Night Walk in Monteverde
March 28, 2020
The fastest way to learn all the ways a rain forest is out-to-get naive tourists?
Take a guided night walk in the Monteverde area during your visit to Costa Rica.
At nearly a mile high in elevation, a night tour in the region of Monteverde provides some different species than what is found on a tour in the coastal areas.
Based on our experience, I’d recommend a guided night walk with Kinkajou Tours. A budget-friendly tour quickly becomes an eye-opening experience once the guide explains all the reasons for the mandate “don’t touch the trees!”.
How to book a Kinkajou Night Walk
Kinkajou Tours operates in Santa Elena, Costa Rica.
The easiest method for booking tours in Costa Rica is to have the front desk staff at your hostel or hotel arrange the tour. The tourist suppliers in Costa Rica have a phenomenal collaborative network to ensure supply meets the demand. Plus, the lodging staff coordinates with the tour van drivers to ensure you are picked up.
You can also book directly on the website for Kinkajou Tours.
What to expect on a night tour
“I’m not sure I needed to know snakes are ABOVE my head” – exclaimed on a night tour as we peered up at a pit viper.
I took the 8:15 pm night tour with Kinkajou Tours. They offer three different time slots each evening. The cost (in 2019) is $25 a person.
From downtown Santa Elena, it is a 10-minute free shuttle from your hotel to their location. The shuttle bus will drop you off at the main operations center for Kinkajou Tours.
The scene is disorganized chaos.
The first step – sign a waiver form and either pay for the tour or hand over the voucher provided by your hotel staff.
Next, you are asked for your primary language and assigned to a tour guide. Each tour guide leads a group size of 8 to 10 people.
The tour guide greets each person in their native language. A Russian hello in Costa Rica – why not?
Now, you are handed a torch (flashlight) with specific instructions on testing that it operates and directions its use.
Directions on using a flashlight? Yep.
Obvious tips such as use it when you are walking to avoid tripping and don’t point it in your buddy’s face.
The most useful tip? Let the guide shine the light on animals. The guides have the strongest lights and too many lights on one animal tend to scare the critter away.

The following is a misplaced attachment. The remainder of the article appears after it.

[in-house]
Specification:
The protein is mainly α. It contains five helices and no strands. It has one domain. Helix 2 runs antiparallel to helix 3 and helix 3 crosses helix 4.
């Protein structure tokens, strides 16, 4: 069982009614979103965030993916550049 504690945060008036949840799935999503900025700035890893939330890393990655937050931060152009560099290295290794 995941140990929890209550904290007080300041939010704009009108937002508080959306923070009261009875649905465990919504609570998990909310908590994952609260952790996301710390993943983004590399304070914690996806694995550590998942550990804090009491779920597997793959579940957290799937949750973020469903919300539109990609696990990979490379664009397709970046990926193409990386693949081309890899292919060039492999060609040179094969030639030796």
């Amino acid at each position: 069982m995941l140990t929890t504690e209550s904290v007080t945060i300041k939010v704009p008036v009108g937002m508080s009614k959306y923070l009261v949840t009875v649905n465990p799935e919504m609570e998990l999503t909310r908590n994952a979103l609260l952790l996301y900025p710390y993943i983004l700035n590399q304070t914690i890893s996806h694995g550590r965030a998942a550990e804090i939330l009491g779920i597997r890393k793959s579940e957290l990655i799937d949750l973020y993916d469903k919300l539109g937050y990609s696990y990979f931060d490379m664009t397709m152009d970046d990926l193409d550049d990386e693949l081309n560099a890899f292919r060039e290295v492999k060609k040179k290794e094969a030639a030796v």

The trails are shared by other tour guides and their groups. Initially, it seems there are too many people running about for any animals to be spotted. Not to worry, Kinkajou Tours have their logistics down to a science so it is easy to share the same space.
In addition to the tour guides, there are also ‘spotters’ on the trails looking for animals. The tour guides and the spotters communicate animal locations via walkie-talkie.
After your guide leads your small group to the location of an animal, each member of the group is given a chance to see the animal and take a photo. Then the guide tells the story – why touching this frog will kill you, how this snake survives at altitude, and why possums are important to the region.
The guides know the environment and passionately share their knowledge. We did our best to stump the guides with questions. They always had an answer. Now whether it was a correct answer, who knows?
Tips for your night walk:
- I recommend bringing your own headlamp or flashlight as a backup. A rain forest in the dark without a working flashlight isn’t any fun.
- When the guide says ‘Give me your phone. I take good pictures.” hand your phone over. They really do take the best pictures.
- When the guide says “Vamos!” or “Hurry, quickly!”, hustle to keep up. They are trying to get you to a spot before the animal moves. Of course, I did wonder sometimes if we were actually running away from something instead. 🙂
Animals spotted on our night walk:
- Two sleeping birds – an emerald Toucan and a green Motmot.
- Green yellow-striped pit viper. In a tree.
- One guest quipped “I’m not sure I needed to know snakes are ABOVE my head”.
- These are one of the few snakes found in the Monteverde area given the altitude of nearly 5000 feet.
- Tarantula. Did you know female tarantulas can live to be 20 years old?
- Scorpion. Fun fact – scorpions glow under a black light.
- Red-eyed tree frog
- Possum. Our guide laughed when he told us as a child he was paid by farmers to sling-shot possums to chase them away from crops. Now he is a guide working to protect possums and their habitat.
- 10-inch walking stick
For more ideas of fun things to do in the Monteverde area, check out our Experience Monteverde guide. Or add on to your visit using our Costa Rica 2-week Itinerary.